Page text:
Ingredients : (for 2 people as a shared meze dish) large aubergine cut into 6mm slices, rapeseed oil, chopped onion, green chilli chopped, 1/2 tsp ground turmeric, 1/2 tin of chopped tomatoes, small bunch or chopped coriander. Yoghurt : 150ml thick yoghurt, 1tbsp lemon juice, 3 crushed garlic cloves, handful of chopped mint, seasoning

1. Place the aubergines in a colander and sprinkle with salt. Leave to bleed for half an hour, wash, then pat dry.
2. Sweat off the onion and chili until soft, then remove and set aside.
3. Now fry off the aubergine until brown on both sides, you may need to do this in batches.
4. When brown, sprinkle with the turmeric and then add the tomatoes, onions and chilli and 3/4 of the coriander. Add sufficient water so that the veg is covered, then place a lid on, reduce to a low heat and simmer for 20-30mins until sauce thickens.
5. In the meantime combine all of the sauce ingredients and chill.
6. To serve, check the aubergine mix for seasoning. Spread 3/4 of the yoghurt over the base of a plate. Top with the aubergines and tip the remaining yoghurt on top. Garnish with the remaining coriander and dive in.

Friday, 20 July 2012

The Gilbert Scott : Restaurant Review

One of the most beautiful, iconic stand out buildings in London has to be the refurbished St Pancras Station. The designers have managed to blend modern architecture whilst restoring the grand old station to it's former glories all in one go. On the site of the original Midland Hotel now sits the Renaissance Hotel and housed within it, as a kind of tribute to the architect Sir George Gilbert Scott and other British pioneers of cooking is The Gilbert Scott restaurant, headed by one of England's finest, Marcus Wareing.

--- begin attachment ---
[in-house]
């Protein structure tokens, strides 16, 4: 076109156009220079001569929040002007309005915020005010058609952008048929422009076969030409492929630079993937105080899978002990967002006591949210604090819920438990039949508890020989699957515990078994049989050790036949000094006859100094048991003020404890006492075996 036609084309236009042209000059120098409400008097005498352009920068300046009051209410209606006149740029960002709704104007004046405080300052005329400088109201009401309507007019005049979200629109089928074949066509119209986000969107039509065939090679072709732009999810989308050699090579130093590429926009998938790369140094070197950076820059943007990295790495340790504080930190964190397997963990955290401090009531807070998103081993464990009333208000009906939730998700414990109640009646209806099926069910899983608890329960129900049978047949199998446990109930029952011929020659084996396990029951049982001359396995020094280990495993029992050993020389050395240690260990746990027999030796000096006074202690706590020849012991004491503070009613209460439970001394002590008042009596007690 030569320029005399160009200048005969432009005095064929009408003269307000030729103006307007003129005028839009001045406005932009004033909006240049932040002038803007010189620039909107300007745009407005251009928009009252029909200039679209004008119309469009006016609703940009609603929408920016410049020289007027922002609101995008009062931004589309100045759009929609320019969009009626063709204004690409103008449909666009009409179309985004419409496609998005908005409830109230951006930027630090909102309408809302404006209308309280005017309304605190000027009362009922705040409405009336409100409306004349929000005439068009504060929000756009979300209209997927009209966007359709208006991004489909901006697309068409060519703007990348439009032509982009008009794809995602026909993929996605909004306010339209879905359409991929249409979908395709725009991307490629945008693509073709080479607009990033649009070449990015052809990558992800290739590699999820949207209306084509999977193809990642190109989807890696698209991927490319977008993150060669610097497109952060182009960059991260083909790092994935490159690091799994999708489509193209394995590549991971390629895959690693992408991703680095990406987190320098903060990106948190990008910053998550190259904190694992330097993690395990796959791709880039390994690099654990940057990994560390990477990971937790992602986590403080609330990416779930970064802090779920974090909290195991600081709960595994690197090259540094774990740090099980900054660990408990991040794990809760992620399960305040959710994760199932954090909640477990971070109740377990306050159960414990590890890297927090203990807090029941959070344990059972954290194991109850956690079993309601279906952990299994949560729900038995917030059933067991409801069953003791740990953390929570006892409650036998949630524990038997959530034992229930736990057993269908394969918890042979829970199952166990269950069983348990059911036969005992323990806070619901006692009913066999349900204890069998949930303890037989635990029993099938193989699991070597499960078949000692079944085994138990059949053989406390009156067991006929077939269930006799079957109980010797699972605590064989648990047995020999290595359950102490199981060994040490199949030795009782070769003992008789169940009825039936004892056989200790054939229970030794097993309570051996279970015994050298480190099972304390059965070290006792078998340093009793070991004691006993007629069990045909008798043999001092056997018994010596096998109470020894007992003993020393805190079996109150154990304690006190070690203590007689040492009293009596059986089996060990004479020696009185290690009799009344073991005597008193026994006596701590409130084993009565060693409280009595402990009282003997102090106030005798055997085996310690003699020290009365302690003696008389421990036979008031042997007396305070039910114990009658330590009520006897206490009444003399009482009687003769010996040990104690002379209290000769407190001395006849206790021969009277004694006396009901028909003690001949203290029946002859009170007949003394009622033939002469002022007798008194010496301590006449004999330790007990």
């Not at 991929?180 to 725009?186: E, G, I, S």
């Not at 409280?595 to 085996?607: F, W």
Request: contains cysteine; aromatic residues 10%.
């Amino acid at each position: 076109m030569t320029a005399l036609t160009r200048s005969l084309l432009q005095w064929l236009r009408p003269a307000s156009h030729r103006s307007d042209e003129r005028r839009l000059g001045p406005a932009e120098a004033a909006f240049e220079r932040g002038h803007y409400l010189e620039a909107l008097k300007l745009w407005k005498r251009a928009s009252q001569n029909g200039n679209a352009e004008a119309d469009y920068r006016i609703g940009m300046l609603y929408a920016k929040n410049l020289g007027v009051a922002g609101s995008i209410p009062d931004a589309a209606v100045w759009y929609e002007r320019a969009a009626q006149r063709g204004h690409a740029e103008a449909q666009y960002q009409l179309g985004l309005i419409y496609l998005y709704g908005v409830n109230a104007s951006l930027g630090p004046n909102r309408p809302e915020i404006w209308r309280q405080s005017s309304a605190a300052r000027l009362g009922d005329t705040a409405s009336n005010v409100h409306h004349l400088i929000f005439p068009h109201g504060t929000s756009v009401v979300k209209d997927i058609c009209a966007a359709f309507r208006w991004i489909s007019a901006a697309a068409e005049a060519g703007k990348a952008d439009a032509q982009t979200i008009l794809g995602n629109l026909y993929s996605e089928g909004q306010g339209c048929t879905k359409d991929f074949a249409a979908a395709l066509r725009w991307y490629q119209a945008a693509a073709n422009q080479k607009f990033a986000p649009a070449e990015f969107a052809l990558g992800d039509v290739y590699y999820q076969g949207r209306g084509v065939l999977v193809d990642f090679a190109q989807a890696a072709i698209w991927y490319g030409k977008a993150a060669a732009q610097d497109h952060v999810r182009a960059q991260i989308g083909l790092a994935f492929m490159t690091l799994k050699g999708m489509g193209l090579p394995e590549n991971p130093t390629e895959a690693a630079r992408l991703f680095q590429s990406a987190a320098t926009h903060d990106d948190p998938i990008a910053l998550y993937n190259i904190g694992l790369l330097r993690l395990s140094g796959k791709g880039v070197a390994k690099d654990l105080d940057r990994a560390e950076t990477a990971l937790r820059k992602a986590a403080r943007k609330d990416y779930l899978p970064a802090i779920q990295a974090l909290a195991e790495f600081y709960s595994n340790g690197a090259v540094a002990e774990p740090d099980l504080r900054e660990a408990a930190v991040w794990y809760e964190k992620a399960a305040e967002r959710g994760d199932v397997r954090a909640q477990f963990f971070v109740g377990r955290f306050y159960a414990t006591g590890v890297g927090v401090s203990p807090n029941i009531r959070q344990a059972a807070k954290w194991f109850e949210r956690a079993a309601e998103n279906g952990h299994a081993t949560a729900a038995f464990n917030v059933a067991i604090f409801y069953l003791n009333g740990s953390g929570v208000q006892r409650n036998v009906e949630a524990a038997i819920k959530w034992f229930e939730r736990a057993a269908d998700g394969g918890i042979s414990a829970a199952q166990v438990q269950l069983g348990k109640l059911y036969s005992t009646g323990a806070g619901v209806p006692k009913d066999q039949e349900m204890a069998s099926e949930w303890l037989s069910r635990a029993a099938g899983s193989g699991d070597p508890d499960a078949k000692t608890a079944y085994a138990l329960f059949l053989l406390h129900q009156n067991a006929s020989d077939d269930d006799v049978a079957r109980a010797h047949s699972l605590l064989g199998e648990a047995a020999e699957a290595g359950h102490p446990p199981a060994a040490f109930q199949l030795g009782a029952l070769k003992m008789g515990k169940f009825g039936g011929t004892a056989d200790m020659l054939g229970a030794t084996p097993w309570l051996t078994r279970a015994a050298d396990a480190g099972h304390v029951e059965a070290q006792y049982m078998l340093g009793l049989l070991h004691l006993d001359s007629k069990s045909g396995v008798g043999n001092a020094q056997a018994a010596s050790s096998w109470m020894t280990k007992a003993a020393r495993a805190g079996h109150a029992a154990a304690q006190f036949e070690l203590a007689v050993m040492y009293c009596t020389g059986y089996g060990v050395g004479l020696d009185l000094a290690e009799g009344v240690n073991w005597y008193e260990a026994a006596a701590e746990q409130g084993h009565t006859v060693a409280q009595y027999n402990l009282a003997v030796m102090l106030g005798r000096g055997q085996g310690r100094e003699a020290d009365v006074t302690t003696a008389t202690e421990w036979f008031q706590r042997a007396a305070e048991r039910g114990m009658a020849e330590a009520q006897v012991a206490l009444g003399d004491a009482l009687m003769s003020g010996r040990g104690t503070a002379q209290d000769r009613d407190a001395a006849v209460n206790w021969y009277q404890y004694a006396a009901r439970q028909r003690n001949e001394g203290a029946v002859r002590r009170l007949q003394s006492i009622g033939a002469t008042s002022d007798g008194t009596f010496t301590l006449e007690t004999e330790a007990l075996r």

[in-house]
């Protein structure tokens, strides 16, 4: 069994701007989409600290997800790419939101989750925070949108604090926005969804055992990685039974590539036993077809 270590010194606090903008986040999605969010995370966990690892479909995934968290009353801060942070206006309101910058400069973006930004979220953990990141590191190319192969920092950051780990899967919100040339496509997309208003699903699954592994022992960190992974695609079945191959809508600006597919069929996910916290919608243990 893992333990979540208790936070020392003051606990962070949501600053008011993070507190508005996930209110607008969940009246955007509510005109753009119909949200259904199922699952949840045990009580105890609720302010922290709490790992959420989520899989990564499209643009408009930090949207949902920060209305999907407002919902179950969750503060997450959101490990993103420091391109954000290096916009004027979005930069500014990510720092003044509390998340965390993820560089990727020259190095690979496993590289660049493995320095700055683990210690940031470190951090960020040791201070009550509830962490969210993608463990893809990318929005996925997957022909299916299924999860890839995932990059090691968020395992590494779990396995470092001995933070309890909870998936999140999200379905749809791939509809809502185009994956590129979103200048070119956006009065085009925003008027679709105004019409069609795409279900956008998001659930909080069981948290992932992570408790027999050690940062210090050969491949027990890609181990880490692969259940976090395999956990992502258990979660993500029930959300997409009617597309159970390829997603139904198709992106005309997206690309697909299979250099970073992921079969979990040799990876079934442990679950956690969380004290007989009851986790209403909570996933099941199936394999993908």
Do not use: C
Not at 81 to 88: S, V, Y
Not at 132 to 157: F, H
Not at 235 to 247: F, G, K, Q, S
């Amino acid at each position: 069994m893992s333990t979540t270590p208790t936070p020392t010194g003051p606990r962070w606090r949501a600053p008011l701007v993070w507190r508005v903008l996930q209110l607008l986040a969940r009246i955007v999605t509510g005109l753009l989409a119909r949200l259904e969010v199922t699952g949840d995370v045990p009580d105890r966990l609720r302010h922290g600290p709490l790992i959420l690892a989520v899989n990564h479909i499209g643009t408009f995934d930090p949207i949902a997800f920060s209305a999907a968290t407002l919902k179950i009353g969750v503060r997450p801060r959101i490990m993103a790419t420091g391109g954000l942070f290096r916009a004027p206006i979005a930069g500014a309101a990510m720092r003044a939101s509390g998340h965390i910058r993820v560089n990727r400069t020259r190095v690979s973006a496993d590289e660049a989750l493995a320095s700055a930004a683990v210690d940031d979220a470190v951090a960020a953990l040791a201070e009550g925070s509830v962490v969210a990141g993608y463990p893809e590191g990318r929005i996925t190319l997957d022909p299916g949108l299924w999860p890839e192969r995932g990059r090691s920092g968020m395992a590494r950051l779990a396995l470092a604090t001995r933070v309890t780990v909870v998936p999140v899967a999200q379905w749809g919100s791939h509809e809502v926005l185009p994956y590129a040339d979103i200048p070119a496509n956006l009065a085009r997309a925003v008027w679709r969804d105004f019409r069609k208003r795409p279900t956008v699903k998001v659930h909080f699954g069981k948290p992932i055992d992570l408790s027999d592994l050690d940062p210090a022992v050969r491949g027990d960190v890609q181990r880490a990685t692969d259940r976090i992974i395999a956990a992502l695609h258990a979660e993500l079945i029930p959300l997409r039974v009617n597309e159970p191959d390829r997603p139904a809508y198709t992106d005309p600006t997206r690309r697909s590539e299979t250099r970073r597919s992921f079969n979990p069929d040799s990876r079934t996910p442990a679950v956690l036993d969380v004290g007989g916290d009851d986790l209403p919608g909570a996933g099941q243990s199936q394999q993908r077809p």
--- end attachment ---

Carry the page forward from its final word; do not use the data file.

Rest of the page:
How often do we go out for an English meal? Who even knows what one is anyway, Chicken Tikka Masala, Spag Bol? Well, this is a celebration of Great British ingredients and each dish is based on fresh, seasonal produce. There are no fancy sauces or garnishes with poncey French names nor foams, emulsions or liquid nitrogen. What you see is what you get.

To start we had the Mackerel tartare with cucumber, elderflower and gooseberry. This was brought to life by some chili and lime and just made me hungrier than ever. The roasted artichoke with girolles and samphire had great texture and a naturally salty, earthy deep taste. Both dishes were accompanied by a delightful Viognier.

For main we had Rump of Veal with juicy sweet onions and sage and Devilled Mackerel with plum tomatoes. You have to order additional sides which I feel a tad cheeky but the jersey royals and spring greens were summer on a plate on their own. With the Veal I had a glass of Chateau Musar which at £6 a go is an absolute bargain. It's one of my favourite wines and for me made the meal. I was so overcome in fact, I forgot to take any pics of the mains!

For pud, we opted for a couple of the lighter dishes. The Bourbon marinated pineapple with toasted marshmallow was inspired, whilst Mrs Beeton's snow egg, a poached meringue filled with marmalade, topped with crunchy toasted almonds and set on a pond of custard was as gentle a dessert as there is.

For two people, three courses with wine equates at about £55 per head including tip, but also a disappointing cover charge of £2pp which I thought we'd seen the last off. Nevertheless, for a taste of nostalgia I can highly recommend this venue.